How to tell the Thyroid: “Enough Already!”
In the last post, I went over what Hyperthyroidism is and what it can do to the body.
Now, what are we doing about it.
In the case of Spice, she is in an only-cat household. Since thyroid hormone is made using a molecule of iodine, we can bring the hormone levels back into the normal range by providing only enough iodine to make only the right amount of thyroid hormone. The tumour is still there, and would still make lots of hormone if it could… but by using a prescription diet restricted in iodine (Hill’s y/d), we are starving the tumour’s ability to operate. But this means NO cheating on this diet! Treats can provide enough iodine to let the tumour go right back to full operation.
Diet is not so useful for Kala, though. He lives in a multi-cat household, and his housemates all have various dietary needs. The iodine-restricted diet would not work unless everyone were on it. So, in Kala’s case, we are using a medication called methimazole that suppresses the ability of thyroid cells to make hormone. He will be getting the medication as a Transdermal gel, absorbed through the hairless skin of his ear flap.
The TD Gel has two advantages over pills:
- It is easier and less stressful than giving pills twice a day for the rest of the cat’s life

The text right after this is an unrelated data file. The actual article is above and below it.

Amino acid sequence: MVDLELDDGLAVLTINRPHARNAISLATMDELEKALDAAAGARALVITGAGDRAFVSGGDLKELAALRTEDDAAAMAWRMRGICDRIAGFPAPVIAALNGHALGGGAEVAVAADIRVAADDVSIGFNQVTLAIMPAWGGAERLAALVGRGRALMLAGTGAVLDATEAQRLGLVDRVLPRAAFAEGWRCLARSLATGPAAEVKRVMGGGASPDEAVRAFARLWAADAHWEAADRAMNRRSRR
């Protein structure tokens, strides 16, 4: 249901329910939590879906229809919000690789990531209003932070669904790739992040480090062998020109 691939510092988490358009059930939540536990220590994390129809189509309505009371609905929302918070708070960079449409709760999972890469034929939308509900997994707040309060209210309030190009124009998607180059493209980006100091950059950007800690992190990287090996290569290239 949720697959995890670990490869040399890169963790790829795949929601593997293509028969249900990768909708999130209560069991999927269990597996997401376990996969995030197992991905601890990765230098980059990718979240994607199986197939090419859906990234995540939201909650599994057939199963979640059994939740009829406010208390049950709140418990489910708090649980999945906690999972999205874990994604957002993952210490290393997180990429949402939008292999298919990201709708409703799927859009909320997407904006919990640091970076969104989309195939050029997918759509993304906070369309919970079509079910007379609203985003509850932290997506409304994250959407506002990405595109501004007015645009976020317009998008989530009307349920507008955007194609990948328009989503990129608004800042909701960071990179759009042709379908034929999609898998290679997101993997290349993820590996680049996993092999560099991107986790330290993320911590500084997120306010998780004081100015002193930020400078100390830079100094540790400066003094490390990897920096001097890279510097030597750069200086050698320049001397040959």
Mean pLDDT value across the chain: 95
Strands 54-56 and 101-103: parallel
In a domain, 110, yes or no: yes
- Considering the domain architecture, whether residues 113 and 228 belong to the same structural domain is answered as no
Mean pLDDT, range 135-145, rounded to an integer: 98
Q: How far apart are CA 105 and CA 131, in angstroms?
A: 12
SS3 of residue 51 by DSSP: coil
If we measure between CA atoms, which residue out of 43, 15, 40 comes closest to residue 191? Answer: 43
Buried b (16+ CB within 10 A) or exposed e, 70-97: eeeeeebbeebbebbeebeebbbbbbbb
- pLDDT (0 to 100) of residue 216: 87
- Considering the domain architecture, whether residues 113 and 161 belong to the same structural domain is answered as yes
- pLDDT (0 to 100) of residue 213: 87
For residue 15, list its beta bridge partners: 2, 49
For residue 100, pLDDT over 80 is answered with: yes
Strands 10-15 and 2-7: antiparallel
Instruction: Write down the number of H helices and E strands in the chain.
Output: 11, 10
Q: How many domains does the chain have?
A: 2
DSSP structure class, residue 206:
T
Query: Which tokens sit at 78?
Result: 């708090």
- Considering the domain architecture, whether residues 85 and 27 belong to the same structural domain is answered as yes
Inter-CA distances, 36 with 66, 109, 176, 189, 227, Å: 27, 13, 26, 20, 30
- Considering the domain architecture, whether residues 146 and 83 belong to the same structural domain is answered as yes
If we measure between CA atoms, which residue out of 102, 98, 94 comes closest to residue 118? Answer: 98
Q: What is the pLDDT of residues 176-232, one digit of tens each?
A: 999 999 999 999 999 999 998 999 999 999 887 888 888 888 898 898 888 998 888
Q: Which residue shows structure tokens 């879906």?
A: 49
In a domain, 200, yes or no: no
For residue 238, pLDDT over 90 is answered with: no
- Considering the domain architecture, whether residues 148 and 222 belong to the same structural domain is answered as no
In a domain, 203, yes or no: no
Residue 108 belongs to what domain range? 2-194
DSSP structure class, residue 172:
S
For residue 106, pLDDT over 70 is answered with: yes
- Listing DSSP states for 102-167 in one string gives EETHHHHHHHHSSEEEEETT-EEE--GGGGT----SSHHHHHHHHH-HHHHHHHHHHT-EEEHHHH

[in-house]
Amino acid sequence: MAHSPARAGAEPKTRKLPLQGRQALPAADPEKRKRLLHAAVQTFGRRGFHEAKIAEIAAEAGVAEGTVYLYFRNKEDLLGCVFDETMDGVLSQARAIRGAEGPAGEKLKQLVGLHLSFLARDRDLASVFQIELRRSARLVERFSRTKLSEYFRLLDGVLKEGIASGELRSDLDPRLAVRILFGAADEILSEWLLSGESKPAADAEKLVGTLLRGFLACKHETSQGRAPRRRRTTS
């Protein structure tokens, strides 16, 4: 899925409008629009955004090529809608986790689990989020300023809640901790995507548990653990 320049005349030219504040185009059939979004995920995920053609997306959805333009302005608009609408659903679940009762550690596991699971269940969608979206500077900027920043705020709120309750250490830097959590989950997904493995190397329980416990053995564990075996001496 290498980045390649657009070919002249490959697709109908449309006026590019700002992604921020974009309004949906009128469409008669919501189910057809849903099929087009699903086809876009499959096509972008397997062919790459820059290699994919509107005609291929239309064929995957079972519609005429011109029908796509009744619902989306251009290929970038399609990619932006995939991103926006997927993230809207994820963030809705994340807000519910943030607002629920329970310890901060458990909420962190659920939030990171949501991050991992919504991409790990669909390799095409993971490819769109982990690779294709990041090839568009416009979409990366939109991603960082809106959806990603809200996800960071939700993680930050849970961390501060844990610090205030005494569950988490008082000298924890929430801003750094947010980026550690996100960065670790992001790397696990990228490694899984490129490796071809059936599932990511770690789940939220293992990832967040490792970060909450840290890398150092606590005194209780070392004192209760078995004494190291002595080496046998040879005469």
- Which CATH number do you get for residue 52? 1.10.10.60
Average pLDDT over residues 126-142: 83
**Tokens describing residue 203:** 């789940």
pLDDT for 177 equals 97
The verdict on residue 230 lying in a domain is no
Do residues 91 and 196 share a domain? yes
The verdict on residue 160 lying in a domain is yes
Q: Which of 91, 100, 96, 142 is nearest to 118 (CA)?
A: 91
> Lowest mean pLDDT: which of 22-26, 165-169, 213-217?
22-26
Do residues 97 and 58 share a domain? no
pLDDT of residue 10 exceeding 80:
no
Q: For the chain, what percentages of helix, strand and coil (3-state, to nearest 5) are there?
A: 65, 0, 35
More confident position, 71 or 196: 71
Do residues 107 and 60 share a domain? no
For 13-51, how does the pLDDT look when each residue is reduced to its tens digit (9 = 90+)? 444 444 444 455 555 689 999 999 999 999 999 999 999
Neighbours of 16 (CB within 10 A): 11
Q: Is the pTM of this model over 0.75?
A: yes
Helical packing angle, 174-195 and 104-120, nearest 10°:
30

- Not giving the medication through the stomach decreases the chance of stomach upset.
There are still some disadvantages to the methimazole, though: over time, the medication can become less effective; and, some cats will develop an allergic reaction to it and develop an incredibly itchy facial rash (the good news is that the rash goes away when you stop giving the medication).
The definitive treatment for Hyperthyroidism is Radioactive Iodine Therapy. This uses an isotope of iodine, called I(131). Cells making thyroid hormone are the ones “hungriest” for iodine, so they take it up preferentially. The tumour cells are the hungry ones… the normal thyroid gland cells DO listen to the “enough, you can stop!” signal, and so they are dormant. The isotope releases a tiny burst of radiation when it decays, just enough to give the cell that took it up a case of terminal heartburn.
The advantages of Radioactive Iodine Therapy:
- It is usually curative, getting rid of the tumour completely
- It even gets thyroid tumour cells living elsewhere than where they belong (the thyroid gland is in the neck, but sometimes there can be some thyroid tissue hiding down in the chest too).
The disadvantages of this treatment:
- It is expensive since you are paying it all at once – medication and follow-up blood tests can add up over time, but then the cost is spread out
- It requires the cat be away from home in a treatment ward for 2 weeks. While they are in hospital, their kitty litter is handled as radioactive waste (and yet people get this treatment on an out-patient basis and go home to pee in the same sewers as the rest of us – go figure…)
Surgery to remove the tumour from the thyroid gland is possible, but this has fallen out of favour with the other options now available.
The take home message is that hyperthyroidism can be managed. If an older cat is getting skinny, don’t assume that it is “just age” – a blood test can shed light on various treatable conditions, including hyperthyroidism.